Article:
Parents, Get a Life!
By Mary Keyes Rogers | June 1, 2019
I spoke with a woman whose 30-year-old children still drop off their dirty laundry to her each and every week. She doesn’t mind because she figures this is the only way she will get to see them. Are you kidding me?
Just as teenagers go through a healthy and natural period of surly rebellion as they emotionally detach from their parents and become increasingly independent, so should parents! If not for the good of their children, for their own sanity when the kids move on and parents are allowed to become real people again.
In my opinion, too many parents have so completely invested themselves in their children’s lives that when the game is over and their children have become adults, they simply refuse to accept their newly diminished role. Not only do they continue with laundry service, but they also make every effort to smooth any obstacles in their children’s path before the poor kids have even had a chance to deal with life’s hurdlesin their own way.
At some point, the coach needs to leave the field and let the players play. The same can be said for parenting. There comes a time to say, “My work is done”.
This week, the planets of parenting align — we stand halfway between Mother’s Day and Father’s Day, just as graduation season is in full swing. Mom gets flowers, Dad a new grilling apron, and Junior receives a diploma.
Everyone is happy. Tears are joyous. But for many of the overly involved parents of my generation, the tears go on, and on, and on. Those tears of joy become tears of loneliness, purposelessness, loss, and despair.
Some parents never fully recover. It’s called Empty Nest Syndrome, or ENS. I have watched perfectly functional adults become emotionally crippled by feelings of loss and rejection when their children do the unthinkable. They grow up.
I suggest that parents take note: Every graduation ceremony is marked with a commencement speech. Commencement means beginning and every beginning marks an ending. Sure, it’s bittersweet, but I am left dumbfounded by the parents who feel personally rejected when Junior stands on his own two feet and strides into his own future.
What truly shocks me is when parents of adult children seem to “bonsai” their kids — actually stunting the kid’s ability to become independent by over-parenting to protect their role as the needed parent. What is presented as loving care is nothing short of selfishness.
And we wonder why some young people can’t accept responsibility?
There is nothing more natural or touching than Mom and Dad sharing a good sob after depositing Timmy or Tina in their new dorm or shabby apartment. Though for some, this is only the prelude to a life turned upside down and completely unrecognizable from the prior 18 years. They fall apart, feeling directionless without daily contact with their child, or even their child’s laundry.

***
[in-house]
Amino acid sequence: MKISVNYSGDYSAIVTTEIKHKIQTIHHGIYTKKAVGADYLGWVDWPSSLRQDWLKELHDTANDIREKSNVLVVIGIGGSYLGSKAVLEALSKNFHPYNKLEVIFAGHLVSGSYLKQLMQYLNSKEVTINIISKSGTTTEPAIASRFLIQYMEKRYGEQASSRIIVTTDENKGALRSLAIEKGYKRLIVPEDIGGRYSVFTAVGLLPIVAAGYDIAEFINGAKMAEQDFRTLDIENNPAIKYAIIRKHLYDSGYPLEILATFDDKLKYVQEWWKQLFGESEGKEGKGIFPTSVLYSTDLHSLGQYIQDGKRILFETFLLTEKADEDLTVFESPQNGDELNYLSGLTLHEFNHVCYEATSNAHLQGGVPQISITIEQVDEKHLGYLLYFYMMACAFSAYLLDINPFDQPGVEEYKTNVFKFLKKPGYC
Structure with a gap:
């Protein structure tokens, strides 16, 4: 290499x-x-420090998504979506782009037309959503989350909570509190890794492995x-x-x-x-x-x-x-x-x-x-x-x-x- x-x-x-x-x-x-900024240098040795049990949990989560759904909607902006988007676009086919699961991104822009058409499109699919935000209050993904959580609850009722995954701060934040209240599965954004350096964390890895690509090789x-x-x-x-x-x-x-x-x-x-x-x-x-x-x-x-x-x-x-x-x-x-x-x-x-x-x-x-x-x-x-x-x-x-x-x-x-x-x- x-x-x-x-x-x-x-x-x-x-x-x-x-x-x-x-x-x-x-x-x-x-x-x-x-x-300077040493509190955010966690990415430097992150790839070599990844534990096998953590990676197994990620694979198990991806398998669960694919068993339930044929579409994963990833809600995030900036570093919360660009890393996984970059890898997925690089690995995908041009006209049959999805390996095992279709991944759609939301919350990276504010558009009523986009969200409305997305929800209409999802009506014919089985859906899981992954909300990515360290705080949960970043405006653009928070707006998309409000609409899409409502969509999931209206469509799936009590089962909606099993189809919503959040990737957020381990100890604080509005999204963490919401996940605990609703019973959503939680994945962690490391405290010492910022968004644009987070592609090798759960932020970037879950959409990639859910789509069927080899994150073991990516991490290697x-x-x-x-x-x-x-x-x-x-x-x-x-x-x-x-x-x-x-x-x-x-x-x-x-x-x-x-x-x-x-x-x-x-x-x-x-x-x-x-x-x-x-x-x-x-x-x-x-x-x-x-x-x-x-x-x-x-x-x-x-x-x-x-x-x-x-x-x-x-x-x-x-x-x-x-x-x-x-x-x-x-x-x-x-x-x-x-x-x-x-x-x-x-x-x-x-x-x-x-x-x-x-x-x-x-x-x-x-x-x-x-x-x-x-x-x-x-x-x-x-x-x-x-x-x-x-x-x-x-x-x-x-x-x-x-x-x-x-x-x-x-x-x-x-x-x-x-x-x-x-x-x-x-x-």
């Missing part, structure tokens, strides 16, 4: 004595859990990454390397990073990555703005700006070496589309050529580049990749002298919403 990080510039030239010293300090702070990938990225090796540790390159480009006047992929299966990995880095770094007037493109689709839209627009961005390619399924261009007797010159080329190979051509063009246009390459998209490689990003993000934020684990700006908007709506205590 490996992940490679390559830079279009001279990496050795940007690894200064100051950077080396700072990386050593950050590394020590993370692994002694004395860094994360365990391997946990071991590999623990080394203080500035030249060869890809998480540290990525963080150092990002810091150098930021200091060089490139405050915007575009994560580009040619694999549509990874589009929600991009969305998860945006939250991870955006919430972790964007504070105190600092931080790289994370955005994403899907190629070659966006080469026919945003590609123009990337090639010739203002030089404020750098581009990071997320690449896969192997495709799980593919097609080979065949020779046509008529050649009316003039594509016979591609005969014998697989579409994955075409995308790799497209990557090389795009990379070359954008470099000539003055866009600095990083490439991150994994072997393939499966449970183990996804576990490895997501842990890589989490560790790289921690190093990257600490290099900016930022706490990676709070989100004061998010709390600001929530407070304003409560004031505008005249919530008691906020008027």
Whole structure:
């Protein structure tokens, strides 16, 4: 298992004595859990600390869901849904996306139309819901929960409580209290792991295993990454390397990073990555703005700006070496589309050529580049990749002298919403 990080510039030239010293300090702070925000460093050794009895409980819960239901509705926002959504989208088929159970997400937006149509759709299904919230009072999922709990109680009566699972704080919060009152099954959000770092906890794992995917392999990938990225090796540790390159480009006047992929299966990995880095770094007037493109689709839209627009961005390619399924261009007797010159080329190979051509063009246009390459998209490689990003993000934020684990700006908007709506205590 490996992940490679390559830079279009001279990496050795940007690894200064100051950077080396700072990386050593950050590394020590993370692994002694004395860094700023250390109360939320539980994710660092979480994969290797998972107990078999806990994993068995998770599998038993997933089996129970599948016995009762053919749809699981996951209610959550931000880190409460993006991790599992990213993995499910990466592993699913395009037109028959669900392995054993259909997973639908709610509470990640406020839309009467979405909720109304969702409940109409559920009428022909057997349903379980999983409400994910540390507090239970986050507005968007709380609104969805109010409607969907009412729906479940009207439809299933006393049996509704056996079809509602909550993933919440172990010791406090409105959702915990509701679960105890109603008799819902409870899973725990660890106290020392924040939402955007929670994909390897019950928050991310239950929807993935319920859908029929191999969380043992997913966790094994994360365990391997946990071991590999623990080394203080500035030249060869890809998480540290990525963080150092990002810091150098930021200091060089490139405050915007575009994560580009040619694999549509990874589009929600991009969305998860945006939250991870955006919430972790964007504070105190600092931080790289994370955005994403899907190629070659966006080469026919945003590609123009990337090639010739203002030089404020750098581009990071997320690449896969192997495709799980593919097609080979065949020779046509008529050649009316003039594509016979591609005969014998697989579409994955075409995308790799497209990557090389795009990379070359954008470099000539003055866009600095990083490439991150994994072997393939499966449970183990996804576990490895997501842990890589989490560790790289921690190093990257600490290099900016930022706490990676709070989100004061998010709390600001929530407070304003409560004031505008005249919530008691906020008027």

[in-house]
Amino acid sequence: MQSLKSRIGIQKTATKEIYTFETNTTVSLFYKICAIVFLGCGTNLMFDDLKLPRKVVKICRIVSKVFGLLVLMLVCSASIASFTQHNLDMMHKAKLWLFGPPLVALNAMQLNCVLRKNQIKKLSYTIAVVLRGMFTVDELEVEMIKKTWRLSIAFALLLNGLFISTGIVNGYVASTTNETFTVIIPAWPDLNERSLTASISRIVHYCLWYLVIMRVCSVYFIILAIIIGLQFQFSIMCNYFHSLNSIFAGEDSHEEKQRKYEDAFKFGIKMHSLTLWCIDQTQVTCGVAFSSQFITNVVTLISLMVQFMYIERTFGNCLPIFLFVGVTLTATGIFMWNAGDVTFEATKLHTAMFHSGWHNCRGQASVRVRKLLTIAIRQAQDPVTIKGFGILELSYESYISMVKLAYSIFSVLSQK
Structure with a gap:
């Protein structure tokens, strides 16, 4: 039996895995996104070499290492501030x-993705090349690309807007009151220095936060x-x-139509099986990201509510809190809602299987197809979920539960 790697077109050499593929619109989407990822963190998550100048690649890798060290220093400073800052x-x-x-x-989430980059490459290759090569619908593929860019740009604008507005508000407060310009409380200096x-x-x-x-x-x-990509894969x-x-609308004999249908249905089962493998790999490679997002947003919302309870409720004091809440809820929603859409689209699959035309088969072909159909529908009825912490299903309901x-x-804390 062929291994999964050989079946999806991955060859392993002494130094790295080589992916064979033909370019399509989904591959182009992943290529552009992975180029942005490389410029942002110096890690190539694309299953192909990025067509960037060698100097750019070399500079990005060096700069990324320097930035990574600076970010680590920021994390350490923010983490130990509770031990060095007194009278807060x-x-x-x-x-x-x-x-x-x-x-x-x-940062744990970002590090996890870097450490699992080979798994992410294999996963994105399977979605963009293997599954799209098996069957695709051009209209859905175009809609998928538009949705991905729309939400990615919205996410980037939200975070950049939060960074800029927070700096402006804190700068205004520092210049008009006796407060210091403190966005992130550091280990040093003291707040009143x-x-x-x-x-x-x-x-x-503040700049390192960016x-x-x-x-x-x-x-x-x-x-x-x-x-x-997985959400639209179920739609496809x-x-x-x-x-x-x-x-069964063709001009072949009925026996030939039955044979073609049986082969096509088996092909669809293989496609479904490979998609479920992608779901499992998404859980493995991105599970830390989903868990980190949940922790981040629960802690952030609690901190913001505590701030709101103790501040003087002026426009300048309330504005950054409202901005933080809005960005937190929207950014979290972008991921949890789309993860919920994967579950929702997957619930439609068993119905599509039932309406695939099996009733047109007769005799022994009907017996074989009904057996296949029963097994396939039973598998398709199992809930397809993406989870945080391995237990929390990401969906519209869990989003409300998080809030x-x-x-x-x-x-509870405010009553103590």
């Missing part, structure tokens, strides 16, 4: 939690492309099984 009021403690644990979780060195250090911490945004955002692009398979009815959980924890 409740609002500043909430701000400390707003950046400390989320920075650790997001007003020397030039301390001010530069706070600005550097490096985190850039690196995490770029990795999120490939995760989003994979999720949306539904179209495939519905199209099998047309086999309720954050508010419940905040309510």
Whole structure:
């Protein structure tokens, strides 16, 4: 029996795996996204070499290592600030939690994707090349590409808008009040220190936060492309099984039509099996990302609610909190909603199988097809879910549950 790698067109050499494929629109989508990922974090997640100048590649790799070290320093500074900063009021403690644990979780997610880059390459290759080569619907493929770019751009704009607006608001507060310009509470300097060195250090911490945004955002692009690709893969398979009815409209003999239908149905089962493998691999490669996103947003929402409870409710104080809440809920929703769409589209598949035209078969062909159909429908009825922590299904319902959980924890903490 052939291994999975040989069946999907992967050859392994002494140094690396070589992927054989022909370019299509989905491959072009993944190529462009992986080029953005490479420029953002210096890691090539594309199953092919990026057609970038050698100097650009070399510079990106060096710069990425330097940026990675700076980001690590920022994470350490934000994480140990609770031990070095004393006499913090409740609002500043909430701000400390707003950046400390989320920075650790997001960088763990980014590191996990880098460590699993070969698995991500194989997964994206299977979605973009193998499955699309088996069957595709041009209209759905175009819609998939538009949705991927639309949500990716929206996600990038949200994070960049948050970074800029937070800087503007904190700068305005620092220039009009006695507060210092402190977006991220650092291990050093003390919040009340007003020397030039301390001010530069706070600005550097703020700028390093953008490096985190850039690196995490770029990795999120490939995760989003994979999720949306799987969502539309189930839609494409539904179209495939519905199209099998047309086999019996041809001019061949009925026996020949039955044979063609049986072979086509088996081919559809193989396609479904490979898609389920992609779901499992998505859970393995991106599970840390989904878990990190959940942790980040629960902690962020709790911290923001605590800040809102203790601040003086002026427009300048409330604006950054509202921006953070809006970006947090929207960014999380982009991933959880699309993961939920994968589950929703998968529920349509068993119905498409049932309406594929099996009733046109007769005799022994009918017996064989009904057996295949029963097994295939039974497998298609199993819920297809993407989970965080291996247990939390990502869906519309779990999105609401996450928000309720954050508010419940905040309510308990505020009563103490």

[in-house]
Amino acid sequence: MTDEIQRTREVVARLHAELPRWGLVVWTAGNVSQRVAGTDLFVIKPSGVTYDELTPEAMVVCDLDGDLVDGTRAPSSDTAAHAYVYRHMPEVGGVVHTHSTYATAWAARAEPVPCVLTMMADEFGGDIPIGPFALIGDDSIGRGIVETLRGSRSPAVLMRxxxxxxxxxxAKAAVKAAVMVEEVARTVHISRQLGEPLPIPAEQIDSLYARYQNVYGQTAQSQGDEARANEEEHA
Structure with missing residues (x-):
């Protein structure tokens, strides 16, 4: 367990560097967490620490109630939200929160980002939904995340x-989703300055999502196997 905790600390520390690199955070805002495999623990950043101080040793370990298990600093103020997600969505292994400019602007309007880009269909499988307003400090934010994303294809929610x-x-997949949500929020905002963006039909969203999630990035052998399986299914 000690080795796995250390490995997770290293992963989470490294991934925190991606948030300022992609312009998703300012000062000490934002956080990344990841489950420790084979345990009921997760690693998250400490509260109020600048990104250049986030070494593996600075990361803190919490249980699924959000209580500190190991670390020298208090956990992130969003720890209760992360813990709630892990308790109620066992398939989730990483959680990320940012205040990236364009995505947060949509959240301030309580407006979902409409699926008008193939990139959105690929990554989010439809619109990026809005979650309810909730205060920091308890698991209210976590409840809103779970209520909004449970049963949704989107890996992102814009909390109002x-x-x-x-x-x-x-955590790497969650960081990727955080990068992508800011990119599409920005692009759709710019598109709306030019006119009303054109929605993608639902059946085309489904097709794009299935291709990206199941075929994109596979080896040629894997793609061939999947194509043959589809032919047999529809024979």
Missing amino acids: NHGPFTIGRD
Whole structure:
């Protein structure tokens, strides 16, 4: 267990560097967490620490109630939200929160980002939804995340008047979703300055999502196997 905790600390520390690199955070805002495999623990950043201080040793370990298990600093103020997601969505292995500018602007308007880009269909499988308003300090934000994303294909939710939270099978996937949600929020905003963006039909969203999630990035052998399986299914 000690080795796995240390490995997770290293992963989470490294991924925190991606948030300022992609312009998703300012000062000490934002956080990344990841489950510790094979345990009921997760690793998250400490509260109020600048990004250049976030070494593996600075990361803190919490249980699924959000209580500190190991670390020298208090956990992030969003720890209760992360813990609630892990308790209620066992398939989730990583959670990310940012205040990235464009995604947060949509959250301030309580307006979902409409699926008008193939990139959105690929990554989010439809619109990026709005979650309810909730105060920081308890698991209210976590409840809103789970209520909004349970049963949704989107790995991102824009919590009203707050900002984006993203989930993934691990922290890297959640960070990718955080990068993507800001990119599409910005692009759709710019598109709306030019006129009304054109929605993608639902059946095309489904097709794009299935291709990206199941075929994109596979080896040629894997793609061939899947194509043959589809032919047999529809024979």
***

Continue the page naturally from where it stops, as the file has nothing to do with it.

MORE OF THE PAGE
I believe that my responsibility as a parent is to give my kids the gift of not needing me. My job has been to equip my kids with the experiences and tools to go out into the world and capably find happiness. “I’ve got this, Mom” is pure music to my ears: My work is done, and I can now enjoy the company of my children without a sense of responsibility or anxious worry. When my kids spend time with me, it’s because they enjoy my company — not because I service their needs, or they feel sorry for me in my loneliness and despair without them.
I’ve witnessed many parents of my generation who, along the path of raising them, made a decision that their children’s lives were more important than their own. They made their kid(s) the epicenter of their own life, to the exclusion of their own friendships, marriage, careers, and personal interests.
It is one thing to be a dedicated parent, to provide fertile ground for an enriching childhood. It is quite another to put your role as a parent in the position of providing 100% of your fulfillment in life.
It is vitally important in parenting to model a life well-lived. Show your children what it looks like to have close and meaningful friendships, to relish time with your spouse, to seek out adventure, to become actively involved in your work or causes you believe in. Show them what grown-up passion looks like.
Parenting is a phase of life. Just as kids need to grow up, so do their parents. The relationship with your adult kids must transition into something very different to be healthy and rewarding for all concerned. When we desperately try to continue the Mommy or Daddy phase, we cheat our kids from seeing what they can become.
Allowing them the freedom to mess up, to gloriously fail at something and discover their own ability to recover is the greatest gift of all.
Your children are not responsible for your happiness, you are.
Get a life.
Mary Keyes Rogers, 56, lives in Traverse City where she works as a business consultant, freelance writer, and is an independent podcaster. She has two adult children. firstname.lastname@example.org